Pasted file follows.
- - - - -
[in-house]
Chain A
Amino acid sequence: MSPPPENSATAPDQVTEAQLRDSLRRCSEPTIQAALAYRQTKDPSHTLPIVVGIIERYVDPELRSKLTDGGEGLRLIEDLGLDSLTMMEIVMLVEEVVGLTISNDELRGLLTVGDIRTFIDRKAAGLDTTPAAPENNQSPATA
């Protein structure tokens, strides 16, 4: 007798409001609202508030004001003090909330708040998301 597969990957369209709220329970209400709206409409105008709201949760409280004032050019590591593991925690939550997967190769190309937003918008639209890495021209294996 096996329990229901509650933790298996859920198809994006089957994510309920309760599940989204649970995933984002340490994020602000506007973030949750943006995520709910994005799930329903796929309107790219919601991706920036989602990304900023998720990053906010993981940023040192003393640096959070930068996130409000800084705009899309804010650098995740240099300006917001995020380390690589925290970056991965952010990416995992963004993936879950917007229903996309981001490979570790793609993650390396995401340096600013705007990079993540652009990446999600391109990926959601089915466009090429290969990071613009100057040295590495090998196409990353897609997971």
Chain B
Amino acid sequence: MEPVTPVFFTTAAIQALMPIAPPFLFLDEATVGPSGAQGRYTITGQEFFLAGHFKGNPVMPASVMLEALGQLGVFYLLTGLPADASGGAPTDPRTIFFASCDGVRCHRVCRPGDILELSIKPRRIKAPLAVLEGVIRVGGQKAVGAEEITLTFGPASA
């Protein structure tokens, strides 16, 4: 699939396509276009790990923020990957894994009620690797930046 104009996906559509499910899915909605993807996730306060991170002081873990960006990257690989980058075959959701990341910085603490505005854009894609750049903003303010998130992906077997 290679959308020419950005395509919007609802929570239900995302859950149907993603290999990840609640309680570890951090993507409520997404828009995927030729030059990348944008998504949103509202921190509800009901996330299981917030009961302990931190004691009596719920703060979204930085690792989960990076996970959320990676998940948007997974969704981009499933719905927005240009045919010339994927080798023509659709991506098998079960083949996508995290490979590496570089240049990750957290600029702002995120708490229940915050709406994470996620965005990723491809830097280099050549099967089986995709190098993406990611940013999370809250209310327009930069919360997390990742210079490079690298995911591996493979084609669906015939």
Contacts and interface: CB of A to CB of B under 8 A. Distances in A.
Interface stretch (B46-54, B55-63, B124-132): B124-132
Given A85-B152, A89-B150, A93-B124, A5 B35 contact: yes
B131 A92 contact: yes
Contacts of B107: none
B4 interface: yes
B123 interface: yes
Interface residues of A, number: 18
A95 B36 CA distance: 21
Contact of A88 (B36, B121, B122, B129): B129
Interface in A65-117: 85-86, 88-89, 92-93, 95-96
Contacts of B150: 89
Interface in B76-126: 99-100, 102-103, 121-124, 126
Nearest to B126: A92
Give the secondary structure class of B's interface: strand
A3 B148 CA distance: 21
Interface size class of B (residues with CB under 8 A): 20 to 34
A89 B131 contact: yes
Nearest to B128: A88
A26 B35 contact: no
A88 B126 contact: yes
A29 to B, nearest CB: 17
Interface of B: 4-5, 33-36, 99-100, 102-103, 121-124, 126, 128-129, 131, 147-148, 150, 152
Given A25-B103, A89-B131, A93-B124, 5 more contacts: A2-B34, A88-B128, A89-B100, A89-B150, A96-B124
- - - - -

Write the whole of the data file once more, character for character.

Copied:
[in-house]
Chain A
Amino acid sequence: MSPPPENSATAPDQVTEAQLRDSLRRCSEPTIQAALAYRQTKDPSHTLPIVVGIIERYVDPELRSKLTDGGEGLRLIEDLGLDSLTMMEIVMLVEEVVGLTISNDELRGLLTVGDIRTFIDRKAAGLDTTPAAPENNQSPATA
């Protein structure tokens, strides 16, 4: 007798409001609202508030004001003090909330708040998301 597969990957369209709220329970209400709206409409105008709201949760409280004032050019590591593991925690939550997967190769190309937003918008639209890495021209294996 096996329990229901509650933790298996859920198809994006089957994510309920309760599940989204649970995933984002340490994020602000506007973030949750943006995520709910994005799930329903796929309107790219919601991706920036989602990304900023998720990053906010993981940023040192003393640096959070930068996130409000800084705009899309804010650098995740240099300006917001995020380390690589925290970056991965952010990416995992963004993936879950917007229903996309981001490979570790793609993650390396995401340096600013705007990079993540652009990446999600391109990926959601089915466009090429290969990071613009100057040295590495090998196409990353897609997971």
Chain B
Amino acid sequence: MEPVTPVFFTTAAIQALMPIAPPFLFLDEATVGPSGAQGRYTITGQEFFLAGHFKGNPVMPASVMLEALGQLGVFYLLTGLPADASGGAPTDPRTIFFASCDGVRCHRVCRPGDILELSIKPRRIKAPLAVLEGVIRVGGQKAVGAEEITLTFGPASA
């Protein structure tokens, strides 16, 4: 699939396509276009790990923020990957894994009620690797930046 104009996906559509499910899915909605993807996730306060991170002081873990960006990257690989980058075959959701990341910085603490505005854009894609750049903003303010998130992906077997 290679959308020419950005395509919007609802929570239900995302859950149907993603290999990840609640309680570890951090993507409520997404828009995927030729030059990348944008998504949103509202921190509800009901996330299981917030009961302990931190004691009596719920703060979204930085690792989960990076996970959320990676998940948007997974969704981009499933719905927005240009045919010339994927080798023509659709991506098998079960083949996508995290490979590496570089240049990750957290600029702002995120708490229940915050709406994470996620965005990723491809830097280099050549099967089986995709190098993406990611940013999370809250209310327009930069919360997390990742210079490079690298995911591996493979084609669906015939």
Contacts and interface: CB of A to CB of B under 8 A. Distances in A.
Interface stretch (B46-54, B55-63, B124-132): B124-132
Given A85-B152, A89-B150, A93-B124, A5 B35 contact: yes
B131 A92 contact: yes
Contacts of B107: none
B4 interface: yes
B123 interface: yes
Interface residues of A, number: 18
A95 B36 CA distance: 21
Contact of A88 (B36, B121, B122, B129): B129
Interface in A65-117: 85-86, 88-89, 92-93, 95-96
Contacts of B150: 89
Interface in B76-126: 99-100, 102-103, 121-124, 126
Nearest to B126: A92
Give the secondary structure class of B's interface: strand
A3 B148 CA distance: 21
Interface size class of B (residues with CB under 8 A): 20 to 34
A89 B131 contact: yes
Nearest to B128: A88
A26 B35 contact: no
A88 B126 contact: yes
A29 to B, nearest CB: 17
Interface of B: 4-5, 33-36, 99-100, 102-103, 121-124, 126, 128-129, 131, 147-148, 150, 152
Given A25-B103, A89-B131, A93-B124, 5 more contacts: A2-B34, A88-B128, A89-B100, A89-B150, A96-B124